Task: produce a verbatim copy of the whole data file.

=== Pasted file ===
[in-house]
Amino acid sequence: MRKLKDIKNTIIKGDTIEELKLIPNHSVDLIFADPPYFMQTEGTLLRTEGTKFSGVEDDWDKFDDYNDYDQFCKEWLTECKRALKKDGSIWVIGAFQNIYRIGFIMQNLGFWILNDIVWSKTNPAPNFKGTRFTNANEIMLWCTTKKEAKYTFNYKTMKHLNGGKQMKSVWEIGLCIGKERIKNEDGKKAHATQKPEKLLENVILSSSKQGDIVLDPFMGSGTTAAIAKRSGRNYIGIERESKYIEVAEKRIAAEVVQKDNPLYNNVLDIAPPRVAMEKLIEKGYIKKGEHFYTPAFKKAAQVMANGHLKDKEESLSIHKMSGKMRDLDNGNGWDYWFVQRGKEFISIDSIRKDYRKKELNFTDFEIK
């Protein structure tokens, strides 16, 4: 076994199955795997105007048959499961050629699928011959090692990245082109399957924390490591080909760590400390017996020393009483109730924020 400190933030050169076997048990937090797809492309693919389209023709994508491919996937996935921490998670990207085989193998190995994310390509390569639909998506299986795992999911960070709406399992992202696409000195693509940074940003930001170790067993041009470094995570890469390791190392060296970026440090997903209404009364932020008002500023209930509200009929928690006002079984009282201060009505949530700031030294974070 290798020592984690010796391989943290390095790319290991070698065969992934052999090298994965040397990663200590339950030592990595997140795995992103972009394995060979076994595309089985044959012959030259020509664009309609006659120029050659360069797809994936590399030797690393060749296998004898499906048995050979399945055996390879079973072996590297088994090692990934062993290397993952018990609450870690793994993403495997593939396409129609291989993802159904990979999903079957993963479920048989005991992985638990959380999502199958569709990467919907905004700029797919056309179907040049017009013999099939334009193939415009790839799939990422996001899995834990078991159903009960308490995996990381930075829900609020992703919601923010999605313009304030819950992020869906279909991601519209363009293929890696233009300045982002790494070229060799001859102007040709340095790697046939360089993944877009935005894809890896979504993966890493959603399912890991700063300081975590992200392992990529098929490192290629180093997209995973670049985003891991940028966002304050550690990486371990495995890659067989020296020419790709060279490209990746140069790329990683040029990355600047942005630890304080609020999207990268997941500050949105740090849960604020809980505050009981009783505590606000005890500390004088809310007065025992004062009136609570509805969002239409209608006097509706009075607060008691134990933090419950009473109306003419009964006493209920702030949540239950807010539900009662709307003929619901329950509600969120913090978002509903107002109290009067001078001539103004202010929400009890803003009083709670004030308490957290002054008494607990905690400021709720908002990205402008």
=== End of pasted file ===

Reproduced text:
[in-house]
Amino acid sequence: MRKLKDIKNTIIKGDTIEELKLIPNHSVDLIFADPPYFMQTEGTLLRTEGTKFSGVEDDWDKFDDYNDYDQFCKEWLTECKRALKKDGSIWVIGAFQNIYRIGFIMQNLGFWILNDIVWSKTNPAPNFKGTRFTNANEIMLWCTTKKEAKYTFNYKTMKHLNGGKQMKSVWEIGLCIGKERIKNEDGKKAHATQKPEKLLENVILSSSKQGDIVLDPFMGSGTTAAIAKRSGRNYIGIERESKYIEVAEKRIAAEVVQKDNPLYNNVLDIAPPRVAMEKLIEKGYIKKGEHFYTPAFKKAAQVMANGHLKDKEESLSIHKMSGKMRDLDNGNGWDYWFVQRGKEFISIDSIRKDYRKKELNFTDFEIK
């Protein structure tokens, strides 16, 4: 076994199955795997105007048959499961050629699928011959090692990245082109399957924390490591080909760590400390017996020393009483109730924020 400190933030050169076997048990937090797809492309693919389209023709994508491919996937996935921490998670990207085989193998190995994310390509390569639909998506299986795992999911960070709406399992992202696409000195693509940074940003930001170790067993041009470094995570890469390791190392060296970026440090997903209404009364932020008002500023209930509200009929928690006002079984009282201060009505949530700031030294974070 290798020592984690010796391989943290390095790319290991070698065969992934052999090298994965040397990663200590339950030592990595997140795995992103972009394995060979076994595309089985044959012959030259020509664009309609006659120029050659360069797809994936590399030797690393060749296998004898499906048995050979399945055996390879079973072996590297088994090692990934062993290397993952018990609450870690793994993403495997593939396409129609291989993802159904990979999903079957993963479920048989005991992985638990959380999502199958569709990467919907905004700029797919056309179907040049017009013999099939334009193939415009790839799939990422996001899995834990078991159903009960308490995996990381930075829900609020992703919601923010999605313009304030819950992020869906279909991601519209363009293929890696233009300045982002790494070229060799001859102007040709340095790697046939360089993944877009935005894809890896979504993966890493959603399912890991700063300081975590992200392992990529098929490192290629180093997209995973670049985003891991940028966002304050550690990486371990495995890659067989020296020419790709060279490209990746140069790329990683040029990355600047942005630890304080609020999207990268997941500050949105740090849960604020809980505050009981009783505590606000005890500390004088809310007065025992004062009136609570509805969002239409209608006097509706009075607060008691134990933090419950009473109306003419009964006493209920702030949540239950807010539900009662709307003929619901329950509600969120913090978002509903107002109290009067001078001539103004202010929400009890803003009083709670004030308490957290002054008494607990905690400021709720908002990205402008």